How much time do you spend on your cellphone? Health Canada now has guidelines on how to reduce the risk of certain types of cancer, even though it says there is no conclusive evidence that cancer and cellphone use are linked.
The department recommends users limit the length of their calls, make use of text messaging or hands-free accessories and encourage children under the age of 18 to limit their usage all together. The new advice is targeted primarily at heavy users and children.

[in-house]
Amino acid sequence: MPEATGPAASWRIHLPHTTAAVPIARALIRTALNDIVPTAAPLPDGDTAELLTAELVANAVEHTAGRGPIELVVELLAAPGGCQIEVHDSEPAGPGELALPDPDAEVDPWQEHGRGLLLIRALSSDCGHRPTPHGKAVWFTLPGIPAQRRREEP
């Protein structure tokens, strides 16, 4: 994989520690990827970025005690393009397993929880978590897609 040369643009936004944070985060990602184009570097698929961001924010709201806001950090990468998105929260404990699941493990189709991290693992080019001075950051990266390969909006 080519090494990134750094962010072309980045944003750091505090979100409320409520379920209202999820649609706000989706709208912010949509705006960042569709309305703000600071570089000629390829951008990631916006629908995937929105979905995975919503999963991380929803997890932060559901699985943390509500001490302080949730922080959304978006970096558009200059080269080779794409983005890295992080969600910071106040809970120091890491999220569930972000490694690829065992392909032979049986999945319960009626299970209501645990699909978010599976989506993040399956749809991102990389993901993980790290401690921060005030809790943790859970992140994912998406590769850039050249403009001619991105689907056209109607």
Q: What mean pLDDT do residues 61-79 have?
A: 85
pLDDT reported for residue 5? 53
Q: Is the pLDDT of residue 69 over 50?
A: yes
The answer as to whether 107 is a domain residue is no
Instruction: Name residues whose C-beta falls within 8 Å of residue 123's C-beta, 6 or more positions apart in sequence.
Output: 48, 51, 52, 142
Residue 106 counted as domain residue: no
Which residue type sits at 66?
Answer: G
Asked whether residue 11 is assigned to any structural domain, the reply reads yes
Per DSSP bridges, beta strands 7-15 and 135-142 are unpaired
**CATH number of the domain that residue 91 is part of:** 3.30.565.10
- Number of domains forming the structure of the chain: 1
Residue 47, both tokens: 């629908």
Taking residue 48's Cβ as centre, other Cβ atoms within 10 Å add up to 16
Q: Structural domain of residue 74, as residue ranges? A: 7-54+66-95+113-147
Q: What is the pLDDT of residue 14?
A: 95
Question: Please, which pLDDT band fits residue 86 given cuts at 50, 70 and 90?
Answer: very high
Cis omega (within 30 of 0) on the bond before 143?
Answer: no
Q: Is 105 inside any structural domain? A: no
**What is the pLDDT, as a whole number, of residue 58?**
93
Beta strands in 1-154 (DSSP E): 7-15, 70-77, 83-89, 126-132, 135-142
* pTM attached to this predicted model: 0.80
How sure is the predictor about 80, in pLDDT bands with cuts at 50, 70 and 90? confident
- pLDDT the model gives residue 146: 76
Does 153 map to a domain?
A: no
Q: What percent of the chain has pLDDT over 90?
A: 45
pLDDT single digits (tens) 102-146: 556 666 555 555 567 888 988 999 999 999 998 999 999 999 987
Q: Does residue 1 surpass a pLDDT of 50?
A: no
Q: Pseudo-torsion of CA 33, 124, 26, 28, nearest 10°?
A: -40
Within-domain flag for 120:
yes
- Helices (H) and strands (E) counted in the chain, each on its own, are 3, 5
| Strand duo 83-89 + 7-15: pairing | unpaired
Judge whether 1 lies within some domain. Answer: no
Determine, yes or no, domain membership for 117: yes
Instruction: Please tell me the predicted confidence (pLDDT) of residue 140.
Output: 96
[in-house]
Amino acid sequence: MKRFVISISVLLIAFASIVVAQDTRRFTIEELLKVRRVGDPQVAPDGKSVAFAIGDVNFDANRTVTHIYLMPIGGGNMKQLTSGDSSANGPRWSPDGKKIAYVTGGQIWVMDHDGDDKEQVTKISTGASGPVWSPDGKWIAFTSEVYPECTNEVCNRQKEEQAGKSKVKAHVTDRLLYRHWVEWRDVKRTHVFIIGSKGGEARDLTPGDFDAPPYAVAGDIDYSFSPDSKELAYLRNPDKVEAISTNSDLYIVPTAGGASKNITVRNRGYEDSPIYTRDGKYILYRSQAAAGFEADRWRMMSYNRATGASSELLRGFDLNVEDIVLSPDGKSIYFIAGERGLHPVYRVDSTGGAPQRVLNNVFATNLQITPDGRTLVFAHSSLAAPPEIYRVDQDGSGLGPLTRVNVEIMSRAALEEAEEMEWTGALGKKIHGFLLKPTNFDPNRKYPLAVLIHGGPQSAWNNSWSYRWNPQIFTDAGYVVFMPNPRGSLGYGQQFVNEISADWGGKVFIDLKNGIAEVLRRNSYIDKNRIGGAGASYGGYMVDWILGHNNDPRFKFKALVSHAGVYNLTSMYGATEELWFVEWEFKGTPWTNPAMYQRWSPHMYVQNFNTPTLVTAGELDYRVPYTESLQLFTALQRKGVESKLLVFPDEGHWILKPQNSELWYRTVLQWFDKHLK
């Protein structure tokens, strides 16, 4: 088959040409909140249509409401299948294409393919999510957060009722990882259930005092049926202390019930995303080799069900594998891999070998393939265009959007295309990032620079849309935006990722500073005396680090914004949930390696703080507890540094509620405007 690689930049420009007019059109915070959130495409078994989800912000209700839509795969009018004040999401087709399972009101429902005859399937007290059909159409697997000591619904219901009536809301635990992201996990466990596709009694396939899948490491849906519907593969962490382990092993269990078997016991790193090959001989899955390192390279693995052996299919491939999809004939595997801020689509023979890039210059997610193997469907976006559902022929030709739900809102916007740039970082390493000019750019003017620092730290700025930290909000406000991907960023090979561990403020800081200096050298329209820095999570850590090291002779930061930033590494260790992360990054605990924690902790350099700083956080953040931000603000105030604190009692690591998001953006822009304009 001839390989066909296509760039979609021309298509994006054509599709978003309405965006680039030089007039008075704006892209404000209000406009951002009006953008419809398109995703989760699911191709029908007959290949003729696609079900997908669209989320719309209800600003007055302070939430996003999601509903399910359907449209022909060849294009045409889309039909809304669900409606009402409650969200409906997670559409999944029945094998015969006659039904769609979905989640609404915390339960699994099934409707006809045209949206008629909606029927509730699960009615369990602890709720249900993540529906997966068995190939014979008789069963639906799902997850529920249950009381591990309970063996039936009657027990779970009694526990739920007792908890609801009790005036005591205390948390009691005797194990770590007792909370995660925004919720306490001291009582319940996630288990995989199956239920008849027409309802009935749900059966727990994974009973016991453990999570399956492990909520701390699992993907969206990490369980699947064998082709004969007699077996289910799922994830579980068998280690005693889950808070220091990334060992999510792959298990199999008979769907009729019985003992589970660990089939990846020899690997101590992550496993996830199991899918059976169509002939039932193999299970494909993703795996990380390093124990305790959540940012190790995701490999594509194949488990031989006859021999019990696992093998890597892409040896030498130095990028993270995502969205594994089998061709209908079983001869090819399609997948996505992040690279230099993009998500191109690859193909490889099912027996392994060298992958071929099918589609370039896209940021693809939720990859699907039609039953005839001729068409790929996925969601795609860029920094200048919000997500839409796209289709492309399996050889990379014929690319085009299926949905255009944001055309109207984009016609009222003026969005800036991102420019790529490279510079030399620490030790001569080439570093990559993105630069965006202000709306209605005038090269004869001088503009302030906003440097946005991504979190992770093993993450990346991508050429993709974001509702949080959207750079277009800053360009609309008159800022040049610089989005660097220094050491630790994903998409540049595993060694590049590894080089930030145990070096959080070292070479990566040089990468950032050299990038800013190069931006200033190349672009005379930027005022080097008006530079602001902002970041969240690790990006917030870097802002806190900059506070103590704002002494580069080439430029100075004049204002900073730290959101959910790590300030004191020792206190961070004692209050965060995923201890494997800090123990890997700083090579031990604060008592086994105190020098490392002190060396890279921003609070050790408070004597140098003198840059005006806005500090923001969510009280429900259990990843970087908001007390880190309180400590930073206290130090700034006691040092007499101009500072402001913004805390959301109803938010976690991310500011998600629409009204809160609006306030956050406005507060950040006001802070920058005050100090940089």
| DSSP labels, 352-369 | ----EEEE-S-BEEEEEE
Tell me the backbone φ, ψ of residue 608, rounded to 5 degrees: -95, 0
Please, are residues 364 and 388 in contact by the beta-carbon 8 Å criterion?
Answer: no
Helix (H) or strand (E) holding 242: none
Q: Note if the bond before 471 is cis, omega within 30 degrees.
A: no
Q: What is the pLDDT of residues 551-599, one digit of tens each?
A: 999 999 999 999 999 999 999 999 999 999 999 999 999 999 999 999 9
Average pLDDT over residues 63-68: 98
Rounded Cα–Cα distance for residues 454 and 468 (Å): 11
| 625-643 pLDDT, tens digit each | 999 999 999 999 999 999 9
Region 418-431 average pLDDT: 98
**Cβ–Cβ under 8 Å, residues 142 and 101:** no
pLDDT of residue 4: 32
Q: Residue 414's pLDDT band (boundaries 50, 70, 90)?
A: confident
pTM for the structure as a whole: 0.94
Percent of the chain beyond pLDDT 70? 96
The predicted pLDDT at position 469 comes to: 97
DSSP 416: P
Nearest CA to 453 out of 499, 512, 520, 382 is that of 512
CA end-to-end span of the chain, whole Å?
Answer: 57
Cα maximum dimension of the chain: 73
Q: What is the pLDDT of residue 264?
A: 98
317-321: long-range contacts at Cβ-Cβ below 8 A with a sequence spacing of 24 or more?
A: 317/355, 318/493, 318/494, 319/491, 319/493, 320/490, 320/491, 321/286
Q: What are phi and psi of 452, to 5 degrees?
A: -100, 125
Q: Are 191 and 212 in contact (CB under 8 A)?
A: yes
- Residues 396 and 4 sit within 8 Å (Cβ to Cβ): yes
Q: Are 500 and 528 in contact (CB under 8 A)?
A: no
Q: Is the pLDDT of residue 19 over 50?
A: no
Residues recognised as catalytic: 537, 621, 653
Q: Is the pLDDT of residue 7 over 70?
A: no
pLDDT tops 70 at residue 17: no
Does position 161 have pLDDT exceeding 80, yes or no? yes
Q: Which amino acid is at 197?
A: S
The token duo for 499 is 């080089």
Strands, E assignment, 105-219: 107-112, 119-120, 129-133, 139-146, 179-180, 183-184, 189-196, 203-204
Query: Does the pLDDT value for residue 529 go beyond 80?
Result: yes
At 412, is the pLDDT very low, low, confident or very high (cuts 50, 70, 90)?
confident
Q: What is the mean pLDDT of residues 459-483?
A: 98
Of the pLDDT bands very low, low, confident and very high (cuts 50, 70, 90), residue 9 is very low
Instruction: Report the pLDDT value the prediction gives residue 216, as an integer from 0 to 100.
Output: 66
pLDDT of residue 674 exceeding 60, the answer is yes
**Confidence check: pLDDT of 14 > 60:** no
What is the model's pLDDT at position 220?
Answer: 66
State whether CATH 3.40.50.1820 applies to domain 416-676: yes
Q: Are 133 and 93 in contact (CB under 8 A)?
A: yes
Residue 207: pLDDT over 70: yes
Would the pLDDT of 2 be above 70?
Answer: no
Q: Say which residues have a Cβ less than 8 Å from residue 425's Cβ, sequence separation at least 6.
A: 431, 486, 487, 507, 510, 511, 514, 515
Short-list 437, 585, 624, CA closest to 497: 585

The advice comes after a study by the World Health Organization’s International Agency for Research on Cancer, found that radio-frequency electromagnetic fields from cellphones could be possibly carcinogenic to humans based on the increased risk for glioma, a type of brain cancer, associated with wireless phone use.
Health Canada characterized the WHO’s finding of “possibly carcinogenic” as meaning there is a need for more research to reach a definitive conclusion.
Health Canada says the guidelines are part of an ongoing review of research looking at the health effects of radio-frequency emissions — including cellphones, radio signals and TV broadcasts. The department updated its guidelines in 2009 and the next update is expected in 2012.